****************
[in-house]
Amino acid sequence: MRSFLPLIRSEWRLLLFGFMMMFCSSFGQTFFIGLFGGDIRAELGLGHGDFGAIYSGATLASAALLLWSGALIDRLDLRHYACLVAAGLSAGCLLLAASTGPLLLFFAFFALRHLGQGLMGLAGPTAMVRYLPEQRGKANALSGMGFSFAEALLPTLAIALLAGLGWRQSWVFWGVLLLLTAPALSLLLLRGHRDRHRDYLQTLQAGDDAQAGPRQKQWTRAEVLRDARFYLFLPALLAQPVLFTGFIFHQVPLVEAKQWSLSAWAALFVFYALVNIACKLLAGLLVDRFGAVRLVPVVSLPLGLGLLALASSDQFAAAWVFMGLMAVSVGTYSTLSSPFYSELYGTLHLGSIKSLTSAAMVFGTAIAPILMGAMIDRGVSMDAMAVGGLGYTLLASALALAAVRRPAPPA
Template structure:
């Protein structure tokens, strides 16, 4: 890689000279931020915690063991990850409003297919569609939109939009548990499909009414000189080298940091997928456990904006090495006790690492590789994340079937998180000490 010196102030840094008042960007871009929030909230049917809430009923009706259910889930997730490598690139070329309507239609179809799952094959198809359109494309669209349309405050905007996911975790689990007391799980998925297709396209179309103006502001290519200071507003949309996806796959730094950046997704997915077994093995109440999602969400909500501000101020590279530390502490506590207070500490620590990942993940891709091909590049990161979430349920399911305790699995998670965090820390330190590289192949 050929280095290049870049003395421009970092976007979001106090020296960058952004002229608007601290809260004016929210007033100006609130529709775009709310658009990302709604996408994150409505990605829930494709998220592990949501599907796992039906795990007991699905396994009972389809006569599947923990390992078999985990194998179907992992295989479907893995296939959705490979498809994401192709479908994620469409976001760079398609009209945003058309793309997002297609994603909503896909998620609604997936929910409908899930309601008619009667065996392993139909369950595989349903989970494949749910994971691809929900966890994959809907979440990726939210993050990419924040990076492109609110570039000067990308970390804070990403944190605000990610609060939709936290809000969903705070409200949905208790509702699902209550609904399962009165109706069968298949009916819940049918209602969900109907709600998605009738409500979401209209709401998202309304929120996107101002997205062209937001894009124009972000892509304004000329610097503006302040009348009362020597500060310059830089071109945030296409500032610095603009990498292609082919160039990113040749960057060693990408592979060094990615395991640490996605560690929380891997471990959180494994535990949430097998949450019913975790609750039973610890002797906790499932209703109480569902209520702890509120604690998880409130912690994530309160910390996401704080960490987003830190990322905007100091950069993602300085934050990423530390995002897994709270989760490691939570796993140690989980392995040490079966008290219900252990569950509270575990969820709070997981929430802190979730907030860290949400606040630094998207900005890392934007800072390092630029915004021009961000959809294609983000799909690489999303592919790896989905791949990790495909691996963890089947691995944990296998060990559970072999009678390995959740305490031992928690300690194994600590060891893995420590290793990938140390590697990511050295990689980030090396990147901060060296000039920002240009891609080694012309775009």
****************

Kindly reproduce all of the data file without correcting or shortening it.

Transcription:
[in-house]
Amino acid sequence: MRSFLPLIRSEWRLLLFGFMMMFCSSFGQTFFIGLFGGDIRAELGLGHGDFGAIYSGATLASAALLLWSGALIDRLDLRHYACLVAAGLSAGCLLLAASTGPLLLFFAFFALRHLGQGLMGLAGPTAMVRYLPEQRGKANALSGMGFSFAEALLPTLAIALLAGLGWRQSWVFWGVLLLLTAPALSLLLLRGHRDRHRDYLQTLQAGDDAQAGPRQKQWTRAEVLRDARFYLFLPALLAQPVLFTGFIFHQVPLVEAKQWSLSAWAALFVFYALVNIACKLLAGLLVDRFGAVRLVPVVSLPLGLGLLALASSDQFAAAWVFMGLMAVSVGTYSTLSSPFYSELYGTLHLGSIKSLTSAAMVFGTAIAPILMGAMIDRGVSMDAMAVGGLGYTLLASALALAAVRRPAPPA
Template structure:
């Protein structure tokens, strides 16, 4: 890689000279931020915690063991990850409003297919569609939109939009548990499909009414000189080298940091997928456990904006090495006790690492590789994340079937998180000490 010196102030840094008042960007871009929030909230049917809430009923009706259910889930997730490598690139070329309507239609179809799952094959198809359109494309669209349309405050905007996911975790689990007391799980998925297709396209179309103006502001290519200071507003949309996806796959730094950046997704997915077994093995109440999602969400909500501000101020590279530390502490506590207070500490620590990942993940891709091909590049990161979430349920399911305790699995998670965090820390330190590289192949 050929280095290049870049003395421009970092976007979001106090020296960058952004002229608007601290809260004016929210007033100006609130529709775009709310658009990302709604996408994150409505990605829930494709998220592990949501599907796992039906795990007991699905396994009972389809006569599947923990390992078999985990194998179907992992295989479907893995296939959705490979498809994401192709479908994620469409976001760079398609009209945003058309793309997002297609994603909503896909998620609604997936929910409908899930309601008619009667065996392993139909369950595989349903989970494949749910994971691809929900966890994959809907979440990726939210993050990419924040990076492109609110570039000067990308970390804070990403944190605000990610609060939709936290809000969903705070409200949905208790509702699902209550609904399962009165109706069968298949009916819940049918209602969900109907709600998605009738409500979401209209709401998202309304929120996107101002997205062209937001894009124009972000892509304004000329610097503006302040009348009362020597500060310059830089071109945030296409500032610095603009990498292609082919160039990113040749960057060693990408592979060094990615395991640490996605560690929380891997471990959180494994535990949430097998949450019913975790609750039973610890002797906790499932209703109480569902209520702890509120604690998880409130912690994530309160910390996401704080960490987003830190990322905007100091950069993602300085934050990423530390995002897994709270989760490691939570796993140690989980392995040490079966008290219900252990569950509270575990969820709070997981929430802190979730907030860290949400606040630094998207900005890392934007800072390092630029915004021009961000959809294609983000799909690489999303592919790896989905791949990790495909691996963890089947691995944990296998060990559970072999009678390995959740305490031992928690300690194994600590060891893995420590290793990938140390590697990511050295990689980030090396990147901060060296000039920002240009891609080694012309775009």